1,000 signatures reached
To: Minister Catherine Martin & Heads of all Irish radio stations
We want to hear Irish women and diverse artists & music on radio stations
Radio stations in Ireland receive public funds but consistently discriminate against Irish women and diverse artists by refusing to include them in playlists.
Minister Catherine Martin must show leadership and stop giving public funds to radio stations until they agree to a fair and equal balance in playlists and panels.
Why is this important?
0% Irish female solo artists featured in the Top 50 Radio Charts songs of 2022. In 2023 only 3% 3% of the Top 100 Songs on Irish radio in 2023 included solo/lead/front Irish female artists.
3,255,000 listeners tune into Irish radio every weekday. When it comes to music, getting your song added to a playlist on a radio station can be life-changing for an Irish artist.
The Irish broadcasting sector has historically not supported women or diverse artists in music from Ireland. Following a series of Gender Disparity Data Reports conducted by Linda Coogan Byrne and her team at Why Not Her?, the evidence showed that Irish radio managers consciously decide year in and year out to exclude Irish female-identifying artists, female fronting bands and diverse artists from Radio Playlists across Ireland.
Of songs featured in the Top 50 Radio Charts of 2022, only 12% were by domestic Irish artists or bands (0% Irish female solo artists). This translates to 6 songs by 4 Irish artists: 1 song by Belters Only feat. Jazzy; 3 songs by Dermot Kennedy; 1 song by Moncrieff; and 1 song by Welshy feat. Nono. None were by Irish persons of colour - solo artists or groups - and none were by female solo artists or groups. Fast forward a year later and only 3% of the Top 100 Songs on Irish radio in 2023 included solo/lead/front Irish female artists: Jazzy*, Aimée and Dolores O'Riordan of The Cranberries. As the years go by, it is becoming more and more difficult for Irish people to discover and hear the music of Irish women and diverse artists.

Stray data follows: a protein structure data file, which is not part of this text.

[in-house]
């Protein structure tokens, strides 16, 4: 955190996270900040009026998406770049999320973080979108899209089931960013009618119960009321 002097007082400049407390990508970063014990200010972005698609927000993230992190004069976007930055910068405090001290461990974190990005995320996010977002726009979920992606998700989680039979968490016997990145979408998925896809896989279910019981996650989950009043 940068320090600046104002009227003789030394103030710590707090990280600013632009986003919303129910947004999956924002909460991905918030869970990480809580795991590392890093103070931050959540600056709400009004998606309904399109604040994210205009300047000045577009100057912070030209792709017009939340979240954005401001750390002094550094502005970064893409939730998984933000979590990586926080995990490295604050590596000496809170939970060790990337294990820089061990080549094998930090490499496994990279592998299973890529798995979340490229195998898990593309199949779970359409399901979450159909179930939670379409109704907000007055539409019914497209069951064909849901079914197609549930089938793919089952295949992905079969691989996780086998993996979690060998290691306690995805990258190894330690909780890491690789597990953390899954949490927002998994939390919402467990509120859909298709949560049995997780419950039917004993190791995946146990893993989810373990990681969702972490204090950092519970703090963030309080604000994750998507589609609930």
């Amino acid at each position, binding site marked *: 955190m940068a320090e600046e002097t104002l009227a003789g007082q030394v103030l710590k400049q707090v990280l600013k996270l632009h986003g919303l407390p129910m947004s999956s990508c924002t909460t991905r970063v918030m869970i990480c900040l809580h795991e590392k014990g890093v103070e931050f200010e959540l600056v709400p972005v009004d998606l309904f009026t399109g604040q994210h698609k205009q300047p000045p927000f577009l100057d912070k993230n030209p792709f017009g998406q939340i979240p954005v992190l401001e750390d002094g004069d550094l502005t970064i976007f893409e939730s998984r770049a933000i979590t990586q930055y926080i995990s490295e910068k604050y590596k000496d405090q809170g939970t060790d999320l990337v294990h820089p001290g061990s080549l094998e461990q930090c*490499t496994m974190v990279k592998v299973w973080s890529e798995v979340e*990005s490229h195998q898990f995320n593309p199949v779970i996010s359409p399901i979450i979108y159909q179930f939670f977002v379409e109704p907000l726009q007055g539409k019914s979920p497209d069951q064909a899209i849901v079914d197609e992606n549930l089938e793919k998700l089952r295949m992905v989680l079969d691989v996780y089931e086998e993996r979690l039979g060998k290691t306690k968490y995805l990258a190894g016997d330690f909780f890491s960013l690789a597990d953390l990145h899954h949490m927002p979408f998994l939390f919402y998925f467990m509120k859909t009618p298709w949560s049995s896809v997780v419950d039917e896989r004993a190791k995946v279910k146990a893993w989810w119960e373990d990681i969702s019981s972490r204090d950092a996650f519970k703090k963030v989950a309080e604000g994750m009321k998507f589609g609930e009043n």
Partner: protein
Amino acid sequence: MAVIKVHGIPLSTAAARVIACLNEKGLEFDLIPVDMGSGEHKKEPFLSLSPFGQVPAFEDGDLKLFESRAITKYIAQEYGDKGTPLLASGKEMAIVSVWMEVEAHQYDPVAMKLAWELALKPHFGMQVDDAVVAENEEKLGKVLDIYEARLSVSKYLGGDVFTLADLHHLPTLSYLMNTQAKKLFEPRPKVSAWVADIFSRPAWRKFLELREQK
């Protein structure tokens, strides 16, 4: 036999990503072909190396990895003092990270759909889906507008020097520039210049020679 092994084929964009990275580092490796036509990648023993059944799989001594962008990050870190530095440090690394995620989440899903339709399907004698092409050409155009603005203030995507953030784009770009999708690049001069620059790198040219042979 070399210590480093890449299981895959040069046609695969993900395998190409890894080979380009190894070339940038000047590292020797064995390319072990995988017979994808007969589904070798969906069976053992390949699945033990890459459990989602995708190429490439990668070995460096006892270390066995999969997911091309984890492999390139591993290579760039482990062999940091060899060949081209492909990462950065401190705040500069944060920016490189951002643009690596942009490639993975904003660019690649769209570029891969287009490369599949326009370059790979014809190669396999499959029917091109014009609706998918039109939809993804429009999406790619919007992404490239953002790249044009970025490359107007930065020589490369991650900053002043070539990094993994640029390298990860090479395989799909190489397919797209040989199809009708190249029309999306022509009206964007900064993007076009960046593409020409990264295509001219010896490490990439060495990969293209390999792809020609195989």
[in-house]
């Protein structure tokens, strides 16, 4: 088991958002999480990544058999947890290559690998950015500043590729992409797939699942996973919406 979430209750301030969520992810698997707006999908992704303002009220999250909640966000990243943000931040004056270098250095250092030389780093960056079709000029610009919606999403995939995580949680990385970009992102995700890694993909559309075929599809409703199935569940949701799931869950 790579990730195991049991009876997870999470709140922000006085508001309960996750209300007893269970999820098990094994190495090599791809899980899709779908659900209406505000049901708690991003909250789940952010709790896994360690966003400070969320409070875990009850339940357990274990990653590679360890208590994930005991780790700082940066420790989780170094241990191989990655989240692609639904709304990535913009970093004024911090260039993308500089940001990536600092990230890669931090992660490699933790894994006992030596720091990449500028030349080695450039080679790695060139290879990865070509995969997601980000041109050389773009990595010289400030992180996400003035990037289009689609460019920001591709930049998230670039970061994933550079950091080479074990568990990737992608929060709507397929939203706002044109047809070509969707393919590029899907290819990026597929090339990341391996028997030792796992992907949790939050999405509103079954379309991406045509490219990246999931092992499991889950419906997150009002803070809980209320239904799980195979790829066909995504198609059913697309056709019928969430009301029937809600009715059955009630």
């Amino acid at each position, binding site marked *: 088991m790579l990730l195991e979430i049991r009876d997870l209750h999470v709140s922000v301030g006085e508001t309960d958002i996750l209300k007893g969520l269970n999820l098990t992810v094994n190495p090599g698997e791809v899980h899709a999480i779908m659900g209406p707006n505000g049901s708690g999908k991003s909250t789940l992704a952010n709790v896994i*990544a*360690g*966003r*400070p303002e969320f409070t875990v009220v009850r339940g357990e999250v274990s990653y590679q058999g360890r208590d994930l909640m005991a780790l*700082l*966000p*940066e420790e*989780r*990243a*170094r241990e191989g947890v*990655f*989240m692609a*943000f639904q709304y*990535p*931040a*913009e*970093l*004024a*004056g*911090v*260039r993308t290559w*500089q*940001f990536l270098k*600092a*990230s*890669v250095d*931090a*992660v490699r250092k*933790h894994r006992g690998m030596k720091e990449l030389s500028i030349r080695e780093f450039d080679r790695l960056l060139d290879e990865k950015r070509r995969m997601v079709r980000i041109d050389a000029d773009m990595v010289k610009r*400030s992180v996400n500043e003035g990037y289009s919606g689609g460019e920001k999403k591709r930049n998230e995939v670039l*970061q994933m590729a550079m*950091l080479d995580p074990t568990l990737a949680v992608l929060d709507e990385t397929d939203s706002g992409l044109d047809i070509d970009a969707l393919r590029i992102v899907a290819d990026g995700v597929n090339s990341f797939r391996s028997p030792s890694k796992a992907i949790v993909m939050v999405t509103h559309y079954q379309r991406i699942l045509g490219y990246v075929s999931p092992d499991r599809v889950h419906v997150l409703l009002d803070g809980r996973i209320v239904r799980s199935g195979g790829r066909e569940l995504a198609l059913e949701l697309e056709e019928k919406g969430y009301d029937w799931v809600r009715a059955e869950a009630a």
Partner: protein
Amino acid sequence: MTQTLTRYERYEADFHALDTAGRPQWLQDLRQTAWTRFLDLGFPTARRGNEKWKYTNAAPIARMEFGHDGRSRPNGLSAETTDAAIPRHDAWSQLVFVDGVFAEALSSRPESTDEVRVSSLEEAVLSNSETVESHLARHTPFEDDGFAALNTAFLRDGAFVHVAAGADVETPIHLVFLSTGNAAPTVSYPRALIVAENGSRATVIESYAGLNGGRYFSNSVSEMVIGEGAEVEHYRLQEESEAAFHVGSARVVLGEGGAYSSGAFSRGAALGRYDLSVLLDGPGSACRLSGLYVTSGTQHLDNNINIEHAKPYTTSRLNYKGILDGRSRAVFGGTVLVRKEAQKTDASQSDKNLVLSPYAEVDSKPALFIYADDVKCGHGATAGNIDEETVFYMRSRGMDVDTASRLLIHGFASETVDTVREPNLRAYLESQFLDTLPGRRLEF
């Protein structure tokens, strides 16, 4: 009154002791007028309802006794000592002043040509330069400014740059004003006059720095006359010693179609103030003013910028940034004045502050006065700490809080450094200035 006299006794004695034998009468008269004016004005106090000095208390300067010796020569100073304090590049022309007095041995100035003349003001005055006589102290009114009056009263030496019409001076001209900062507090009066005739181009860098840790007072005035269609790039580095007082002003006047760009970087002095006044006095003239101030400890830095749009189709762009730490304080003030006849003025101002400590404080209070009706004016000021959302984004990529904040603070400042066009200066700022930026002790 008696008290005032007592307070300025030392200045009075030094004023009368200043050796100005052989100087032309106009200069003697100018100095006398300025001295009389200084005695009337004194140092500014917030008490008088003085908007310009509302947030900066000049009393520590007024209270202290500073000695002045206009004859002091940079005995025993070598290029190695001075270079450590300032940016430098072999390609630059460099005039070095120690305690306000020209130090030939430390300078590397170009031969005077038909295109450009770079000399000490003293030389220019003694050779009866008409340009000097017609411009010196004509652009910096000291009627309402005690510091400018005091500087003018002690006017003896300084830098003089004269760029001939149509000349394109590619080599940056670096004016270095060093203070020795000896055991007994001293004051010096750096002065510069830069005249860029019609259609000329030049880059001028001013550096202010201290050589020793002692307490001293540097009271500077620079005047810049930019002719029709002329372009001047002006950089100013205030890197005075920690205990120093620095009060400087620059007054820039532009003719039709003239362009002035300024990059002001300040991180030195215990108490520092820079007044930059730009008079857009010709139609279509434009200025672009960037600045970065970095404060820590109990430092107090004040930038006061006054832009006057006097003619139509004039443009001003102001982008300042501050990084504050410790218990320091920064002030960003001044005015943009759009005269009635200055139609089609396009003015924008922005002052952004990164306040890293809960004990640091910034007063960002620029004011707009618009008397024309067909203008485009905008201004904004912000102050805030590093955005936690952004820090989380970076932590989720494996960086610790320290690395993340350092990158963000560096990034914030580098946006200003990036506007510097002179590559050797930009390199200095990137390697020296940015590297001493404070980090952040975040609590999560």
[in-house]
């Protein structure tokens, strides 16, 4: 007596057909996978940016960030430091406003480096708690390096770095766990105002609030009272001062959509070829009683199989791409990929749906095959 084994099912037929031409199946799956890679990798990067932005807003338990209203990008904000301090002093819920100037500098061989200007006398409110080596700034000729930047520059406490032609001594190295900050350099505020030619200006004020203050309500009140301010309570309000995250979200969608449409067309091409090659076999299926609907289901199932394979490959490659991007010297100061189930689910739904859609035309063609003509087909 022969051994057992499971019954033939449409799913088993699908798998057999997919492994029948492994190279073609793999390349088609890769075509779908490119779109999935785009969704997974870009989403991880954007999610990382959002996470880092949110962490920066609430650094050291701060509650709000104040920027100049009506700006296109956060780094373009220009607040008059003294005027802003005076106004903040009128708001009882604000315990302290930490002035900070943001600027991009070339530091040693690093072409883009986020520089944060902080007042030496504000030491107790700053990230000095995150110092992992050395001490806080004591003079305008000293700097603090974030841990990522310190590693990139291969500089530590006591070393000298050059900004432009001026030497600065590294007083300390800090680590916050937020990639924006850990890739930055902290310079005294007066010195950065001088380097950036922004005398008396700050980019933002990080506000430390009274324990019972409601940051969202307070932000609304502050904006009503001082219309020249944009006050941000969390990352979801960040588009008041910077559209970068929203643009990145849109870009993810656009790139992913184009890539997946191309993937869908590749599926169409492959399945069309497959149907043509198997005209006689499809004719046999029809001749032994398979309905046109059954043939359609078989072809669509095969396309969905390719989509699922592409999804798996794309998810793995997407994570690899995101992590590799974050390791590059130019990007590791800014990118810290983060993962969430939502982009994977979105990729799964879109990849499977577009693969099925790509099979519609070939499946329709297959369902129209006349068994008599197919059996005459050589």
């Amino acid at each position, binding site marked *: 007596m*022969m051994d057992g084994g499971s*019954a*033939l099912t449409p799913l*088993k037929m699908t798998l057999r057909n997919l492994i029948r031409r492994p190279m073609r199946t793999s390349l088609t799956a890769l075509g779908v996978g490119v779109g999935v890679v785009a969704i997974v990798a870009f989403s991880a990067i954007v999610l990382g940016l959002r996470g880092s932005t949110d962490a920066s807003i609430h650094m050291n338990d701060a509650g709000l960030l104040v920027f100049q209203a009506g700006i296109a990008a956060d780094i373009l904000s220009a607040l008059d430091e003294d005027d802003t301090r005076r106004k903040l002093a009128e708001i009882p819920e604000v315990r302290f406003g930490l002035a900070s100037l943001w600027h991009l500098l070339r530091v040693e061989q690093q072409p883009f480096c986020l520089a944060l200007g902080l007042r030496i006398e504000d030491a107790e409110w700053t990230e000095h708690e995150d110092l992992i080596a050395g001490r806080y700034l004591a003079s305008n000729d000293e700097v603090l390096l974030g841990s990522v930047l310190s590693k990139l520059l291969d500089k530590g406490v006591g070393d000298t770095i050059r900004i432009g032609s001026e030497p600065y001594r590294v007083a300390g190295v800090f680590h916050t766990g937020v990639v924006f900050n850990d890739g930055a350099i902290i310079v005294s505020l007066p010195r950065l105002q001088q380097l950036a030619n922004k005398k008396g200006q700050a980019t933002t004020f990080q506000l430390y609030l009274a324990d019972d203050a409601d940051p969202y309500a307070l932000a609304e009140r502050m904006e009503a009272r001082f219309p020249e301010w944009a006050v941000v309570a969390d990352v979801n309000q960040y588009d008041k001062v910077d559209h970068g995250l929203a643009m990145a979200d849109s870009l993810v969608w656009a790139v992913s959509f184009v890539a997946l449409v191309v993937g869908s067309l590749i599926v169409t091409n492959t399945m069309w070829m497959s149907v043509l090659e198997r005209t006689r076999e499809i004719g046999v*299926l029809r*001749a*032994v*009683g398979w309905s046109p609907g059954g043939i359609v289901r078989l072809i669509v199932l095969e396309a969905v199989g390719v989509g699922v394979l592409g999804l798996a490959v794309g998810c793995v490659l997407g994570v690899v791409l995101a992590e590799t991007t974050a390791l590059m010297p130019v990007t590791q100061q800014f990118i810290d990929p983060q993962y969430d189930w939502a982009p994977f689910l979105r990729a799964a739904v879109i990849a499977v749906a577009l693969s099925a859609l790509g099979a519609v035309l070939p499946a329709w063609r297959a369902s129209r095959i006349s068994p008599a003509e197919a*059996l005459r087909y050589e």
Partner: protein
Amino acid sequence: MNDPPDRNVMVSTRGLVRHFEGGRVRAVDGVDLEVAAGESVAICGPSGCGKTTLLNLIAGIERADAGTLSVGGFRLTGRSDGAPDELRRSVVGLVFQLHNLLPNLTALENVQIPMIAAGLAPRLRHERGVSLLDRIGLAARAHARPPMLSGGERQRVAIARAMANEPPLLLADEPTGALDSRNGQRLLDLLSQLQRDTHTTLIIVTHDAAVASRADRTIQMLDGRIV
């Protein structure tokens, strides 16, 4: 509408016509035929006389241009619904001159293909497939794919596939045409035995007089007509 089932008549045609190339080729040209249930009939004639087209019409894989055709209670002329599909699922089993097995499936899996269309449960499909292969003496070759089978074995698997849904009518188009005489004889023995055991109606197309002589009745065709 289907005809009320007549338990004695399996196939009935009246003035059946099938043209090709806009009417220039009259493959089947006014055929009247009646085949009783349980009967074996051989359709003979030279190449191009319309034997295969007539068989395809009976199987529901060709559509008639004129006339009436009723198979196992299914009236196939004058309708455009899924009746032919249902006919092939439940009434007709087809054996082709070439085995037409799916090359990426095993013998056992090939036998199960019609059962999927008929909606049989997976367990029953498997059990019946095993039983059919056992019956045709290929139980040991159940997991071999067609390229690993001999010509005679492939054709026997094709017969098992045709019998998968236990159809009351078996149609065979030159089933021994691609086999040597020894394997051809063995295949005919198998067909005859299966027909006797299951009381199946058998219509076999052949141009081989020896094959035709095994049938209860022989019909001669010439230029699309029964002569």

When asked why there are so few women artists played on the radio, managers said:
"Men make better music than women"
"Why are you feeding us to the wolves?"
"We don't have the budget to be diverse"
"We don't make the rules"
"Women just moan"
"She is too old and long in the tooth to be making music"
"We actually had some women on a Special Friday Night show back in Feb"
"It's the label's fault, not ours"
"You should analyse the record companies. You’ll see an imbalance in what we’re being sent".
"It is whatever makes the charts"
"People prefer to listen to male acts, they request them on air!"
"You need to be careful and stop stepping on people's toes in radio"
"You need to stop asking questions"
In the meantime, many new and emerging male artists are recognised and supported across the airwaves, allowing for a host of new household names to emerge in the landscape of Irish music in the past decade. It is common for white male lead/front artists/bands such as Hozier, Gavin James, Cian Ducrot, Robert Grace, Moncrieff, The Script, etc. to be heavily played during the day and evening on Irish airwaves, while their diverse and female counterparts are played in the middle of the night.
The Journal.ie 13.02.24 https://www.thejournal.ie/prev/6298235/dvX7Tyf5Xocvo/
How it will be delivered
Via email to the Minister and Irish media.